Staking a Claim on St. Pete Soil

Although many people are aware that it is possible to buy buildings in Russia, many are still unaware that they can also buy land. In St. Petersburg, the buying and selling of land is well under way, and there is a growing secondary market for land.


Under the Soviet Union, all land was owned by the state. A series of presidential decrees, issued between March 1992 and October 1993, made it possible for land to be purchased by individuals and by enterprises. In many cases these decrees gave individuals, and firms that were privatizing, a right to purchase land that they already had an existing right to use. Thus, in its simplest conception, people and enterprises who qualify as possible buyers of land can apply to the authority in charge of managing federal or local property in their region to purchase land. If the land is sold by the government, the sale will be registered and the owner then has an asset that is freely alienable.


Thus the market for land can be broken down into two markets: the primary market, where buyers who qualify to purchase land from the government can make such purchases, and the secondary market, where people and enterprises who already own land can sell it without government intervention.


In theory, there are no restrictions for foreigners and foreign companies who wish to buy land. However, in practice it is difficult for foreigners or companies with foreign investments to buy land on the primary market. This is the result of foreigners not having existing rights to use land, whereas Russian individuals and companies do. On the secondary market, however, there are no such impediments to land purchases by foreigners, as it is a free market.


In St. Petersburg there are three principal bodies involved in overseeing the purchase of land: KUGI, the Committee on State Property Management; The Property Fund of St. Petersburg; and KZR, the committee on land resources and land improvement. KUGI accepts applications for land purchases, the Property Fund concludes the agreements for selling the land, and KZR registers the sale including any usage restrictions, or third party interests. When buying land from the government, all three bodies will be involved in the process. When buying land on the secondary market, only KZR will be involved as KZR acts as the land register.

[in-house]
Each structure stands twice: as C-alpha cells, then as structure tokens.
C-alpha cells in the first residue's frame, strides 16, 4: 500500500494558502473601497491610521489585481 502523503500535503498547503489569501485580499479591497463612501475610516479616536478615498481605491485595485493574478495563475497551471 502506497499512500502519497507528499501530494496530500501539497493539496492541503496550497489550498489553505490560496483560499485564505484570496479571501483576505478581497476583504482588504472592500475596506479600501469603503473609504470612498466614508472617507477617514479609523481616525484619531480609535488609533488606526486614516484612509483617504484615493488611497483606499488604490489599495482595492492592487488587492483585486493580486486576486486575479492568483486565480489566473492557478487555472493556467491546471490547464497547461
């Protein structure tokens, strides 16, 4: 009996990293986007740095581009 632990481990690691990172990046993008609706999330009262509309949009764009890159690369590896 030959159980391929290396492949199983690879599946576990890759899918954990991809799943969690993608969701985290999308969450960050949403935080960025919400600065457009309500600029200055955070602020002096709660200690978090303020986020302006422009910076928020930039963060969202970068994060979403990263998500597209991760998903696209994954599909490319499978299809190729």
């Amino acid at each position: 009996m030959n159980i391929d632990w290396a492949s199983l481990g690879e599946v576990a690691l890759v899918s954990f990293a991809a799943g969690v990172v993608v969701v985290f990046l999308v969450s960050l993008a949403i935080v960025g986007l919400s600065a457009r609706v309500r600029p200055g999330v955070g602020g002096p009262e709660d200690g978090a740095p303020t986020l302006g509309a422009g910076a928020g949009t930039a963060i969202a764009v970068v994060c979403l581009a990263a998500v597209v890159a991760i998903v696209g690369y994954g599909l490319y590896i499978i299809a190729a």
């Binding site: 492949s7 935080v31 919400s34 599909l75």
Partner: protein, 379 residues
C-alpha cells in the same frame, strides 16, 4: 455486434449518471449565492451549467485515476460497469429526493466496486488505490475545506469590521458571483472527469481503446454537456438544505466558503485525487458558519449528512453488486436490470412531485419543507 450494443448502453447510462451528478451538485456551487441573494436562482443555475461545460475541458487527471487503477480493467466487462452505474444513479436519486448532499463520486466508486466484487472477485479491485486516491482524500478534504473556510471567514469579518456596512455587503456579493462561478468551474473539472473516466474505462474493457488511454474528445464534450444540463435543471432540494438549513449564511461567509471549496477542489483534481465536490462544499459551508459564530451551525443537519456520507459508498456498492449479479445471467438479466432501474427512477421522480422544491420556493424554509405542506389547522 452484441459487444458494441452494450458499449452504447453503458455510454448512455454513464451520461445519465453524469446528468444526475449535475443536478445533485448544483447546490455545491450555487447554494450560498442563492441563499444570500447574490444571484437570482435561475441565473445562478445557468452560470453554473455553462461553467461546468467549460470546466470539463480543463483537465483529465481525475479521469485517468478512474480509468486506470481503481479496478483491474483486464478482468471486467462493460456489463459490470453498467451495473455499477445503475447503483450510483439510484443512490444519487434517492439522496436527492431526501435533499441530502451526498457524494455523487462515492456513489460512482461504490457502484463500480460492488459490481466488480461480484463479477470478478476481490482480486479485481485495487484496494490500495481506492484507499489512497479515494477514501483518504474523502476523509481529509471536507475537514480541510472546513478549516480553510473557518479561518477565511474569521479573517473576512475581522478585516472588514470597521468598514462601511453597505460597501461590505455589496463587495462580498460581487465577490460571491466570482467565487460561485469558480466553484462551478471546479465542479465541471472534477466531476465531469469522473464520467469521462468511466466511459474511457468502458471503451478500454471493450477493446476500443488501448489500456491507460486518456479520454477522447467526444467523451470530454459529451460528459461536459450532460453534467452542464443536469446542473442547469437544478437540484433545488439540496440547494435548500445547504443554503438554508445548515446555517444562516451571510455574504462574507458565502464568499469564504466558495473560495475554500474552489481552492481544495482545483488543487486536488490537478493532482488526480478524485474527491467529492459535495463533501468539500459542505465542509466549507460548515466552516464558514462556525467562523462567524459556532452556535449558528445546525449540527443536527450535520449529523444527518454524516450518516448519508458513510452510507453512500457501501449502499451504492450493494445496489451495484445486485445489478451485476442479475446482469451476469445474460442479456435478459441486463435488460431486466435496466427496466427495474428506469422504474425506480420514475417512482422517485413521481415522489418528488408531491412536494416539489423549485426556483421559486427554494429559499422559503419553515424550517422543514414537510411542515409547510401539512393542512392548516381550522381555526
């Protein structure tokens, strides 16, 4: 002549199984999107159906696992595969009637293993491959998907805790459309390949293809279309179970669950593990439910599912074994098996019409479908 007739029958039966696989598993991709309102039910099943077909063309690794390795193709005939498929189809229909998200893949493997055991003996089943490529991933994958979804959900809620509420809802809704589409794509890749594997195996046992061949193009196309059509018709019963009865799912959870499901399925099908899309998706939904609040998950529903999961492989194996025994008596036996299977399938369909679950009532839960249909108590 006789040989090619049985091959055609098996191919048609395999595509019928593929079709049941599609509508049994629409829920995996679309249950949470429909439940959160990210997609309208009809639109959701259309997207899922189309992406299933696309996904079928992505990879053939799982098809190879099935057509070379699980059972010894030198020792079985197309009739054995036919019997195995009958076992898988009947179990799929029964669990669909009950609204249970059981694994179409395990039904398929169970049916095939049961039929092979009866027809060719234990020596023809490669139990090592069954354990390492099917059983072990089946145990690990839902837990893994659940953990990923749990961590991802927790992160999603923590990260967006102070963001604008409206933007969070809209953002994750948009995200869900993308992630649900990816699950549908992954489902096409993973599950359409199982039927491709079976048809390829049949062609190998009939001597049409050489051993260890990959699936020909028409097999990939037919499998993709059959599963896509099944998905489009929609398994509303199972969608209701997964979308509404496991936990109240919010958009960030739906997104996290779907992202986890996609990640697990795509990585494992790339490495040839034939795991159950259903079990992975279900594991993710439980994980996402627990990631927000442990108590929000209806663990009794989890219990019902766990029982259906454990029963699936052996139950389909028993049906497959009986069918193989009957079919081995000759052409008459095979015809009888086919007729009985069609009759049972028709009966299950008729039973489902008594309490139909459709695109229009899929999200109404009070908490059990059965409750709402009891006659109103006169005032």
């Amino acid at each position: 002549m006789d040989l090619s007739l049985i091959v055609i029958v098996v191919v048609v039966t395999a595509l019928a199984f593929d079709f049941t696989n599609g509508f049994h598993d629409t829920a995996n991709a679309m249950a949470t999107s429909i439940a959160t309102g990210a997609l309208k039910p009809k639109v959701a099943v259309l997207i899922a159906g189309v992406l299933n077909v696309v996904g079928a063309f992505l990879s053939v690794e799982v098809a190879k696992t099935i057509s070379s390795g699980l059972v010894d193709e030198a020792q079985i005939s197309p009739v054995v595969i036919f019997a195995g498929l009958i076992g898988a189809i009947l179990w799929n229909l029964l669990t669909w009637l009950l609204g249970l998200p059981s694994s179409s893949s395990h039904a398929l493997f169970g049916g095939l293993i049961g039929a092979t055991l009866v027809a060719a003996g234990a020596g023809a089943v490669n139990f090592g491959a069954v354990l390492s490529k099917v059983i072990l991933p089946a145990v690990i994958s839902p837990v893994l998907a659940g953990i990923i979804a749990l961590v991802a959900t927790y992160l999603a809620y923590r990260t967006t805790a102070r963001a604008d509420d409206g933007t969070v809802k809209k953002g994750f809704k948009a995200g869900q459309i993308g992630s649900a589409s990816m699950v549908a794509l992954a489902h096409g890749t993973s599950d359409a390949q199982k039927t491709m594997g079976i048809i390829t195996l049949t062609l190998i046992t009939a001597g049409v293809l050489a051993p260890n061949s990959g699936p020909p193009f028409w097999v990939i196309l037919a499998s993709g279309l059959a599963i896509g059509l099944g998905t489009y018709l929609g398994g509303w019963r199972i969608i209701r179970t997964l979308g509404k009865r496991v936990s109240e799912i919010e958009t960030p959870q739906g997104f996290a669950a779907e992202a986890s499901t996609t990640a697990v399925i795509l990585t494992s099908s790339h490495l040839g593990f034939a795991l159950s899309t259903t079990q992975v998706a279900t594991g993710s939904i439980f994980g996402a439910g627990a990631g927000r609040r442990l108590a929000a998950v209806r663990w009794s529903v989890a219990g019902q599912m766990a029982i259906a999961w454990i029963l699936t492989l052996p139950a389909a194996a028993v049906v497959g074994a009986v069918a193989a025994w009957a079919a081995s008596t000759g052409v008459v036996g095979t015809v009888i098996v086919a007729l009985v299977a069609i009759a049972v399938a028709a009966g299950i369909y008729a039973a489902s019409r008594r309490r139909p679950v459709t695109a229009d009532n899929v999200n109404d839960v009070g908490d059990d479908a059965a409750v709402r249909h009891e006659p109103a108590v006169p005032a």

It is important to note that although land sold on the secondary market may be freely alienable, this does not mean that it can be used for all purposes. Land is subject to specified uses and can be subject to government and third-party interests. Thus when buying land on the secondary market it is important to research what the intended uses of that land are and whether there are any other interests in the land. If the buyer wishes to use the land for a new use, careful consideration must be given to the possibility (and costliness) of changing the use designation.


Furthermore, many land plots come with government water, electric, or telephone facilities that must remain operative. These facilities take up space and require service (and therefore access) by the municipality. Thus the use of a land plot may be significantly limited by the necessity of leaving intact the existing municipal infrastructure. In some cases it is possible, and cost effective to modernize (so that they take up less space) and or move these facilities, but these questions should always be addressed before the purchase.





Jamison Firestone is an attorney and managing partner of Firestone Duncan, which maintains offices in Moscow and St. Petersburg.